Information age is the name given to the 21st

century period of human history when our economy shifted from traditional industries to information

technology. But the origins of the impact of information

on human culture dates back to thousands of years ago when stories of myths and legends

were passed down in an oral fashion. The truth is that information has always been

a cornerstone for the spread of civilisation. Thousands of years, billions of people, creating,

sharing, storing and even destroying information, but nobody figured out a way to measure it

in such a way as to make sense, to give us some insight. It may sound unbelievable, it did to me, but

the concept of information had not been properly formalised until the 1940s. Before that, information had always been a

vague term, encompassing various different ideas, much like Energy or Motion. Just as Newton came along and formalised motion

with his laws, and Einstein precisely equated mass with energy, it was time for information

to come into scientific limelight. Information is meaningless without its ability

to be communicated, without its ability to be translated. As I’m speaking, the words are transmitting

through the air into your mind. As I’m reading something, the meaning is communicated

from the page into my mind. All uses of information require communication. There are two different metaphors for understanding

this communication. The first one is an objective look at information,

it says that information is like flowing water through a pipe. What you send is what you receive. It conveys the idea that information is a

thing in itself. It’s a thing in itself. A second, conflicting metaphor of information

is that of choice. The sender makes a choice of the words and

the symbols that are necessary to convey the information. The receiver requires an ability to understand

those choices. Without the receiver understanding the english

language, no matter what I say in english, that information is meaningless. In this sense, information is always a recreation. At every step, information is recreated in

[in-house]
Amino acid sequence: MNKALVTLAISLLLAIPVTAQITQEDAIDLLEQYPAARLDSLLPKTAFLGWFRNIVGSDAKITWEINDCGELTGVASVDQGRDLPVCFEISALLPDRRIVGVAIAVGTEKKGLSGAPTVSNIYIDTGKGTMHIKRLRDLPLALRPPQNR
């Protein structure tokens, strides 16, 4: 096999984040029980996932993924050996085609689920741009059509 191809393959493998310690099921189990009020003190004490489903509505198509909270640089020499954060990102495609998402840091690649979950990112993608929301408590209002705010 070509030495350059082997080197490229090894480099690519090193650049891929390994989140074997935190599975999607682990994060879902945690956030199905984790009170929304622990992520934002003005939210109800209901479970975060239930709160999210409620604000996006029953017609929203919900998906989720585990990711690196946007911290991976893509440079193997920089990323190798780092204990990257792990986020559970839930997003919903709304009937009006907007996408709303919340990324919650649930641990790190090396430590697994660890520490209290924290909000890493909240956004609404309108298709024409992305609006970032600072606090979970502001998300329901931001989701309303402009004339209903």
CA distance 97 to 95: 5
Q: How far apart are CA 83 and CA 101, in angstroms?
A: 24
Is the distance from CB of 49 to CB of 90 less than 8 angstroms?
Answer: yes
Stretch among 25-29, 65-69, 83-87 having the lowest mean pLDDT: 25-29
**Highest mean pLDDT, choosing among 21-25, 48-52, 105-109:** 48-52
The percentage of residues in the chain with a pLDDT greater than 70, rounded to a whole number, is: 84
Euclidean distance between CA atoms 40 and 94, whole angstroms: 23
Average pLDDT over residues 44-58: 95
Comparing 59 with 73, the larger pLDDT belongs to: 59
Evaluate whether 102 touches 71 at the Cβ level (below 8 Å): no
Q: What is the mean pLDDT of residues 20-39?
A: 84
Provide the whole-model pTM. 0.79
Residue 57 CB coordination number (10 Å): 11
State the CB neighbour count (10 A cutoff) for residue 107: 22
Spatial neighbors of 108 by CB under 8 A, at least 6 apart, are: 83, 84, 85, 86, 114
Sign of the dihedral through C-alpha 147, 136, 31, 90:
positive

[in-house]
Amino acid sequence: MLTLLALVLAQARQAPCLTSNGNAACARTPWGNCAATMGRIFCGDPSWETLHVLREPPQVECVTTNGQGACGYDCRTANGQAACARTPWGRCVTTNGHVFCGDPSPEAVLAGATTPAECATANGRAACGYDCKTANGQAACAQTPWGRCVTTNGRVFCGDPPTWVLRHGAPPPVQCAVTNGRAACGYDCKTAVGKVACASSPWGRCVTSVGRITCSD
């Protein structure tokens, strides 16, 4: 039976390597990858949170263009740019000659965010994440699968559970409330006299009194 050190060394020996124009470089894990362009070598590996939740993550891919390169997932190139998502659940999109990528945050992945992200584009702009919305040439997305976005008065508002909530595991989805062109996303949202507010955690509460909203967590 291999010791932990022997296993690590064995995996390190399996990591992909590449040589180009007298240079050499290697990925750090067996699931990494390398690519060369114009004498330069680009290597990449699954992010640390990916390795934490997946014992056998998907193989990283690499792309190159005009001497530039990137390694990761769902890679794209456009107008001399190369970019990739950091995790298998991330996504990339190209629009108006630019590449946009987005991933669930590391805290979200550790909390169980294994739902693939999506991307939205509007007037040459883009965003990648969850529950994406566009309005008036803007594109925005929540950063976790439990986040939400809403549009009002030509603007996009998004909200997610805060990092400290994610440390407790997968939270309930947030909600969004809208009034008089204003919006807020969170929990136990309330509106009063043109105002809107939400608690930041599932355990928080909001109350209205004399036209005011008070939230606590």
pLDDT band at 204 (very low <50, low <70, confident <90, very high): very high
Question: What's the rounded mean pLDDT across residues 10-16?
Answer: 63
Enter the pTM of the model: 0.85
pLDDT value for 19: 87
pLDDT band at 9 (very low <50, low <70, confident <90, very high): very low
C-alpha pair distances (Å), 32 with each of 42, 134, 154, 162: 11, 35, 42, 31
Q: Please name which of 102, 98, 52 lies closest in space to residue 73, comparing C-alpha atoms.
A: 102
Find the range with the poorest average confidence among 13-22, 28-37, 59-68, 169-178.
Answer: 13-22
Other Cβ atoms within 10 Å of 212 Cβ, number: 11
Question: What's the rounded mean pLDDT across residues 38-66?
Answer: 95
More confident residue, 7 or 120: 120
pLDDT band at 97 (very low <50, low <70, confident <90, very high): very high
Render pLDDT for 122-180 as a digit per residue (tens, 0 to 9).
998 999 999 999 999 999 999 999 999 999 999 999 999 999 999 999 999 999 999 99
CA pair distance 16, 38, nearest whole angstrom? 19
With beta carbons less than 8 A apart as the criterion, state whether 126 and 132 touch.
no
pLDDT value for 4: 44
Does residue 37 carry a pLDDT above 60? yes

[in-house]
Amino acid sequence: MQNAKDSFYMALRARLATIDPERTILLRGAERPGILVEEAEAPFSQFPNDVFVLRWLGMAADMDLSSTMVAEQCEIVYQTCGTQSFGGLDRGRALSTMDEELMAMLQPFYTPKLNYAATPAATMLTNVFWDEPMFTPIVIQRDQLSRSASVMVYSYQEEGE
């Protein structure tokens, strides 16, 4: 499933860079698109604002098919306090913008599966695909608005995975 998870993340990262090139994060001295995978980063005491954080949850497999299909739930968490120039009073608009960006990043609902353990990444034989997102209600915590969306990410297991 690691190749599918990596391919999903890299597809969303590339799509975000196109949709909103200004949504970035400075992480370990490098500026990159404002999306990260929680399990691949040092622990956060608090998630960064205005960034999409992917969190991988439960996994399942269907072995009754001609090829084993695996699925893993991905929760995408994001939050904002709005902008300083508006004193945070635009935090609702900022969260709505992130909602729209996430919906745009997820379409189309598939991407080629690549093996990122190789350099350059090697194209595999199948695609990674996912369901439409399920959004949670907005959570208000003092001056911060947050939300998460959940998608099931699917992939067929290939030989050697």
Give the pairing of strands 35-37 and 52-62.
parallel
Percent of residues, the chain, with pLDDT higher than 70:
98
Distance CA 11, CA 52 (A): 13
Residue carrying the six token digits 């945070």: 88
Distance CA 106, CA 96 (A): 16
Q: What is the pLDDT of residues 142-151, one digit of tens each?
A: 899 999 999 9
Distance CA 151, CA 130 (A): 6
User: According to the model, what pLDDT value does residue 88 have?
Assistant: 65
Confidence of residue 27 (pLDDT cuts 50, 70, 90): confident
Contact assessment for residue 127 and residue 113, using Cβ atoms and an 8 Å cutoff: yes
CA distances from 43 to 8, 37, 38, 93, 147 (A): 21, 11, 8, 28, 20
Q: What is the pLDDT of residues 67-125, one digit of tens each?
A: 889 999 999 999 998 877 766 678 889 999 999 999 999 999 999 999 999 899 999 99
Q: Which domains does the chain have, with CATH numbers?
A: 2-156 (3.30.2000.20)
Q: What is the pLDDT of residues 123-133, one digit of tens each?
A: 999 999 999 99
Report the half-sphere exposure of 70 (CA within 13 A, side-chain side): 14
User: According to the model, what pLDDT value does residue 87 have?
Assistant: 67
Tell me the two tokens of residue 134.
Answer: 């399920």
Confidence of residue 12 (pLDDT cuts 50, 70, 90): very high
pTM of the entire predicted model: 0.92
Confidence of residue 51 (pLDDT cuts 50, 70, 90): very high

a different medium. This metaphor is what is necessary to understand

in order to understand what Shannon’s work means, what a bit means. 1948, a mathematical theory of communication,

Claude E. Shannon. This is what we are going to study for the

next few videos. Let’s play a game of twenty questions with

bhaiji. Bhaiji knows over a thousand famous people,

and he is thinking of one of them. Champa rani here has to figure out which of

those thousand people he is thinking of by only asking twenty question of yes or no nature,

right? What is the worst question to ask. What will champa rani ask which is so useless? Is it Mahatma Gandhi? Our friend Daryayi Ghoda, he’s sitting here. Mr. Ghoda, he is watching this show on TV,

Mr. Ghoda doesn’t have to listen to the answer, he would say, “obviously it is No!”. This no contains almost no information. The number of possibilities was a thousand,

bhaiji knows a thousand people. It reduced to 999. A mere 0.1 percent. What is the best question to ask, the best

question? Champa rani asks, “Is it a male?” Now this question is truly uncertain. Daryayi ghoda our friend really leans in to

listen to the answer because he has no idea. If bhai ji now says, “No!”, this answer, this